We're not ones to blast folks for making predictions.  No one, not you nor I, can accurately predict sports.  If we could, we would all be rich.  But when someone's prediction is so deeply seeded in moronic logic, well, then we're going to tear them a new one.  

Joe Sheehan, an experienced baseball writer for, gave his top ten predictions for 2011 and said the Phillies will win less than 96 games.  We dissect.

The Phillies will win fewer than 96 games. 

Oh goodie, do tell us how, Mr. Joe.

That figure is the current line for the Phillies' 2011 win total set by your finer, ahem, establishments.

A gambling man, you say.  Go on.

It's easy to win December: make the biggest trade, sign the biggest free agent, lose the least talent, and no one is shredding their elbows or having trouble locating their fastball or just plain feeling old. It's harder to win September, when stat lines give way to baseball games, bad bounces, human frailty.

Right.  That same human frailty suffered by this current group of core players that has led them to a record of 72-38 in September (.654 winning percentage) since 2007?  

It was three years ago that pundits — myself included — were raving about the Tigers' 1,000-run offense in the wake of their trades for Edgar Renteria and Miguel Cabrera. That team won 74 games, finished last and fell just 179 tallies shy of a grand.

So let's just throw out that four-consecutive division title track record, shall we?

This isn't to say that the Phillies aren't the best team in the NL or won't win the NL East for the fifth year in a row.

Woop, I'll remove it from the trash.

It's merely an acknowledgement that despite adding Cliff Lee, they're an aging team that had some injury and performance issues last year… 

That "aging team" won 97 games last year – the most in baseball- despite suffering from injury and performance issues (which were tied to said injuries).  Imagine if they were even remotely healthy. Off the top of my head, Chase Utley, Ryan Howard, Placido Polanco, Jimmy Rollins, Carlos Ruiz (that's the entire infield), Shane Victorino, Ryan Madson, Joe Blanton, Brad Lidge, and others all spent time on the disabled list last year.  Other than Rollins and perhaps Lidge, none of those injuries can even remotely be attributed to their age.  Ankle sprains, torn tendons, bone fragments, concussions- none of those arise from normal wear and tear.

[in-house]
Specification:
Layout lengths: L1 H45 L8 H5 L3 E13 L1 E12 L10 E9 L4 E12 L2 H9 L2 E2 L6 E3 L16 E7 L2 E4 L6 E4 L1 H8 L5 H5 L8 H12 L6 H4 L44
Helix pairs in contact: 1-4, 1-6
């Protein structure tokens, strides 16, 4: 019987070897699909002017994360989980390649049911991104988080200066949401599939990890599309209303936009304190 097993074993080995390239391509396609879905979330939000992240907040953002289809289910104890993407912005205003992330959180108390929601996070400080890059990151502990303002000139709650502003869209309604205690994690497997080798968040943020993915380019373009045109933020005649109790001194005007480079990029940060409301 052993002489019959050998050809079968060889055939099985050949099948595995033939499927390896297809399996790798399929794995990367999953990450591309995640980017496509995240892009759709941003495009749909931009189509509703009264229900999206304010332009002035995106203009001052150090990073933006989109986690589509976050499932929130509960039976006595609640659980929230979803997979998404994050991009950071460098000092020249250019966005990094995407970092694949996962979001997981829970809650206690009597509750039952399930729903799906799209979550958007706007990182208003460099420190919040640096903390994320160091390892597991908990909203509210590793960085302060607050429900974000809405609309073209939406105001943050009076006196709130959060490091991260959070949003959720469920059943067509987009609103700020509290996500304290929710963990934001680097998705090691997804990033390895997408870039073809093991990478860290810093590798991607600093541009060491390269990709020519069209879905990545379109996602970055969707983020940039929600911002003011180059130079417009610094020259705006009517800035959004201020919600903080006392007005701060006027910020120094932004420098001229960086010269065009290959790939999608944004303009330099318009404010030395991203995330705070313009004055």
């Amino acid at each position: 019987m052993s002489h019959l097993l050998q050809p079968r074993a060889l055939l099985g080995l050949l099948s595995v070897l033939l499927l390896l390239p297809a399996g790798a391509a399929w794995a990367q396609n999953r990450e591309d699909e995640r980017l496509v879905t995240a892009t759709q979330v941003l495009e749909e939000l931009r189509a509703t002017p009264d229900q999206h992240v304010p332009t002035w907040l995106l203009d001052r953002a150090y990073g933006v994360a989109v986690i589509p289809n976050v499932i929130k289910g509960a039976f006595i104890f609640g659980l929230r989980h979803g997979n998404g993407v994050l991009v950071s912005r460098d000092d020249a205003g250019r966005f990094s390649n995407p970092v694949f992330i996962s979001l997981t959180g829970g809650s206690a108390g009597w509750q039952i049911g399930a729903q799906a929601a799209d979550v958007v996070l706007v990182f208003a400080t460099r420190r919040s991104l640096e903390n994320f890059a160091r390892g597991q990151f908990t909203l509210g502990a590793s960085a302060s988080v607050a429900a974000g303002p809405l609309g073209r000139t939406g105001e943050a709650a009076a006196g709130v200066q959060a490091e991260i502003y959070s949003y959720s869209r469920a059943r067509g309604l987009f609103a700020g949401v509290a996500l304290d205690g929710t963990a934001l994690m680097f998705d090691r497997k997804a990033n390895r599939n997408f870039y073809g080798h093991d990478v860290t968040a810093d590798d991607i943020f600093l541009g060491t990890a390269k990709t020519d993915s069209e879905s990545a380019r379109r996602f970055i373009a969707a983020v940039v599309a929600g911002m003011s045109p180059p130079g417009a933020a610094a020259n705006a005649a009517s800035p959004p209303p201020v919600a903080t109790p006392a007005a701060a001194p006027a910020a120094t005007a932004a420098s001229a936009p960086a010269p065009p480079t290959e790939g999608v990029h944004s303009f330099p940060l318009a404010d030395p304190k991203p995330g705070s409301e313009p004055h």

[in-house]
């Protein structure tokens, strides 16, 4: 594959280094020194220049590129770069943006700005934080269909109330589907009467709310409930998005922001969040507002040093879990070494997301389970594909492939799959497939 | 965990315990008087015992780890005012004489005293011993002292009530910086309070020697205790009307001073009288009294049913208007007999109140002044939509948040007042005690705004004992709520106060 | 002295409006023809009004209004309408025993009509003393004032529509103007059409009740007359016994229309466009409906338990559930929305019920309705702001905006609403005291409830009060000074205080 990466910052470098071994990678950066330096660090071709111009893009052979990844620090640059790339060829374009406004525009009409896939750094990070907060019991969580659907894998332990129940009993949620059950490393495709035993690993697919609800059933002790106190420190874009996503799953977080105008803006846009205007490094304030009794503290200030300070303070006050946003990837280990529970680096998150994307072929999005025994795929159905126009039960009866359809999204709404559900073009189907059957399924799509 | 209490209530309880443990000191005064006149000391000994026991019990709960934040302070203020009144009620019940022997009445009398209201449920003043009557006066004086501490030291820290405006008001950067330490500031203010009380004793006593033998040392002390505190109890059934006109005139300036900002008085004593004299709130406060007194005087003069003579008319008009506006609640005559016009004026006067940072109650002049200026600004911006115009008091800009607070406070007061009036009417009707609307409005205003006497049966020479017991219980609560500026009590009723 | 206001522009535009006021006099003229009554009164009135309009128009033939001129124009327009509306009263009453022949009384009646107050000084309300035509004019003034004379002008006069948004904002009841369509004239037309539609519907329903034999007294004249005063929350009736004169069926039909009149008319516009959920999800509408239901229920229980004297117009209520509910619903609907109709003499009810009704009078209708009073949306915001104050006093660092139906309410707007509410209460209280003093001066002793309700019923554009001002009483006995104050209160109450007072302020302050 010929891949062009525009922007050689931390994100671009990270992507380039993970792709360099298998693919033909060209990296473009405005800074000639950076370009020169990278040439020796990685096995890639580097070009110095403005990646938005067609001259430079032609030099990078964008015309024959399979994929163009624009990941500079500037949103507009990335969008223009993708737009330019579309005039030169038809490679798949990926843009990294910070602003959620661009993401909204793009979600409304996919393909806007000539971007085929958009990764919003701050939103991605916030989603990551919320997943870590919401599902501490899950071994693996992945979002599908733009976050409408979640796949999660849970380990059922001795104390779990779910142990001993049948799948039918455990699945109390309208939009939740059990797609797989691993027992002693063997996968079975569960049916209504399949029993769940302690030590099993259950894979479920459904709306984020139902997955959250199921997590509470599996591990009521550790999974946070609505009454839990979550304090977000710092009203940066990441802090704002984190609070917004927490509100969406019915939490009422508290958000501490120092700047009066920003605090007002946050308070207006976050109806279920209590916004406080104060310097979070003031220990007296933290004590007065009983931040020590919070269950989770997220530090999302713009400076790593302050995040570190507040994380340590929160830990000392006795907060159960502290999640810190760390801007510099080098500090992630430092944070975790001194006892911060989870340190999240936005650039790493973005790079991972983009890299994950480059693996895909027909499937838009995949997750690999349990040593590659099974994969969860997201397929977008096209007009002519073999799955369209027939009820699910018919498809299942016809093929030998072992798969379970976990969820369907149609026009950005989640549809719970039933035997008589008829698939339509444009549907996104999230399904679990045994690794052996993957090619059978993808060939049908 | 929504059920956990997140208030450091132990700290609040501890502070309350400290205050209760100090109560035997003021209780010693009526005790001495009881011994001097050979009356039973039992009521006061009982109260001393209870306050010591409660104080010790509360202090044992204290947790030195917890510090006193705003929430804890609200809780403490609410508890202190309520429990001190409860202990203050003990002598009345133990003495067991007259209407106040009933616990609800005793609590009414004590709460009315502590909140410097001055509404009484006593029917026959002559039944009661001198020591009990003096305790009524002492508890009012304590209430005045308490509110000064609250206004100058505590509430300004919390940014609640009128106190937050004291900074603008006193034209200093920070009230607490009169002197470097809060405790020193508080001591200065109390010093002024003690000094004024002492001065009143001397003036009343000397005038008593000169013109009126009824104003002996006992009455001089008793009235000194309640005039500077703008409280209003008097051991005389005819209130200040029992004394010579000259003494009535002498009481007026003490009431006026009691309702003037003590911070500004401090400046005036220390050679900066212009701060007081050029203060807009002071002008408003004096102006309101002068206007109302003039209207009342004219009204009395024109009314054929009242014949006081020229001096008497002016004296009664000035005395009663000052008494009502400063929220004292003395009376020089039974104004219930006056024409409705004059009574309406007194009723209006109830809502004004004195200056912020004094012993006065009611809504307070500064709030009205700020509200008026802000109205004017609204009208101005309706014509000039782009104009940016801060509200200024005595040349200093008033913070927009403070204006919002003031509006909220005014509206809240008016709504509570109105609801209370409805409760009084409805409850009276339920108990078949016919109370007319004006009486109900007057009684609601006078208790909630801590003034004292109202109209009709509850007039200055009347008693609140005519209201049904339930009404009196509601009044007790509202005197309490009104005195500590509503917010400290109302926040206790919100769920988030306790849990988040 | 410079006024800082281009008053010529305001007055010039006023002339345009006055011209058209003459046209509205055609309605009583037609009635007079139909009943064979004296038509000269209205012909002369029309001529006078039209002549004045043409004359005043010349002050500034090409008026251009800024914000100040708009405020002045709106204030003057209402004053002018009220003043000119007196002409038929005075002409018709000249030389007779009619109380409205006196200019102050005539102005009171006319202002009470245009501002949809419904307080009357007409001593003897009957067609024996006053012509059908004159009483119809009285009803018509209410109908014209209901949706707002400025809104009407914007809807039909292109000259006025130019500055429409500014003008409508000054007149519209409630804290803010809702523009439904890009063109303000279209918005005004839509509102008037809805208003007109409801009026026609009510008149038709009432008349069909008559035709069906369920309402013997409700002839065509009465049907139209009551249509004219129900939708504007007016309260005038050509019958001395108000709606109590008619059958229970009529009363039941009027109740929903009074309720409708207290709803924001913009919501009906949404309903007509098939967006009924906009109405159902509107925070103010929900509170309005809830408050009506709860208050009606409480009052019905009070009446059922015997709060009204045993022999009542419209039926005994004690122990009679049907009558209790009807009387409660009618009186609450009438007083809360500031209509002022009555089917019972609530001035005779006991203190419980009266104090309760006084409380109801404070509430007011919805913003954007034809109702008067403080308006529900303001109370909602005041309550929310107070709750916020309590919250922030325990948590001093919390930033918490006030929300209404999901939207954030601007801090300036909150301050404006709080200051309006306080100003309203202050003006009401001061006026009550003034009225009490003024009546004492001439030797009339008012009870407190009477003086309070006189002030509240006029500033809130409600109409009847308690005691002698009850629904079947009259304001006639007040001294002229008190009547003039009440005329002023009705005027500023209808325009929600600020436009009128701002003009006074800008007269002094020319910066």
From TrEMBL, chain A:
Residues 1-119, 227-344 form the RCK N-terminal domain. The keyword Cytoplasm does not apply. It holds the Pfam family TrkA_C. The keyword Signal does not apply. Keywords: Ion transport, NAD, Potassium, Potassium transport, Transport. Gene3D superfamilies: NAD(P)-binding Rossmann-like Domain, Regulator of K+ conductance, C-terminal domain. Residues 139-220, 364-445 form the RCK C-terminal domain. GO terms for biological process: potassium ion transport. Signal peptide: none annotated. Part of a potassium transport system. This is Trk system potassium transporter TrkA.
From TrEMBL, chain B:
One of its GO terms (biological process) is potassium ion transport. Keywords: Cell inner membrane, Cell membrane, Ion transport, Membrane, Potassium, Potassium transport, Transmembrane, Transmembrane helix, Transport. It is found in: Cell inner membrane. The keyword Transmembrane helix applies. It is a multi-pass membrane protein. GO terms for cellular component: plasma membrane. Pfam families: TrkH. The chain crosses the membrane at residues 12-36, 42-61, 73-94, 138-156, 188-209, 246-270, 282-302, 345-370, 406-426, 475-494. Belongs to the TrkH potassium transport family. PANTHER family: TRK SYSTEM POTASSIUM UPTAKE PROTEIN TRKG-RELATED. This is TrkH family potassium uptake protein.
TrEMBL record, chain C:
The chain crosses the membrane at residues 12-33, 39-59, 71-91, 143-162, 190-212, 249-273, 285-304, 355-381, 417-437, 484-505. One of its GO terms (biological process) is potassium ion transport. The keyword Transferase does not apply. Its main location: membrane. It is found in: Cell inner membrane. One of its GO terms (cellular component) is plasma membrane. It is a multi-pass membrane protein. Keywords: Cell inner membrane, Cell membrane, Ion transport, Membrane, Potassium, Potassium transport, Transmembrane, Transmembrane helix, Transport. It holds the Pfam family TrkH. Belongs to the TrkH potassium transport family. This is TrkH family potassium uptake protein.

and whose bullpen is always an adventure.


Brad Lidge: 27 saves, 2.99 ERA, 1.22 WHIP

Ryan Madson: 64/13 K/BB ratio, 2.55 ERA, 1.03 WHIP


It's a lot to ask these four starters — three of whom will be at least 32 years old next year — to carry the roster. Halladay, Lee, Roy Oswalt and Cole Hamels have combined for more than 60 wins in any season just once, in 2008.

They also played for the Blue Jays, Indians, and Astros those years.  In fact, no one is asking anything of them.  Just go be yourselves- and by default they will be the best pitching staff of all-time.

The 1993 Braves had four starters younger than all four of the Phillies' hurlers, and they made 142 starts and racked up 75 wins for a 104-win team. That's the gold standard in the free-agent era, and it will remain so a year from now.

And they lost to the Phillies, all because of the human frailty you described in the first paragraph.

The Red Sox will win the World Series. Paralleling the Yankees' path in 2009, the Red Sox add the top free agent and top trade target in the game, making themselves significantly better after an injury-plagued off-year. The additions help spur them to the best record in baseball and a romp through the playoffs, yielding a third World Series championship in eight seasons.

But… but you just said December acquisitions didn't matter?  And why is their injury plagued year not indicative of a larger problem, like you said it was with the Phillies?  That best record in baseball?  The injury plagued Phillies had it last year.

What a dumb piece from a supposedly knowledgable writer.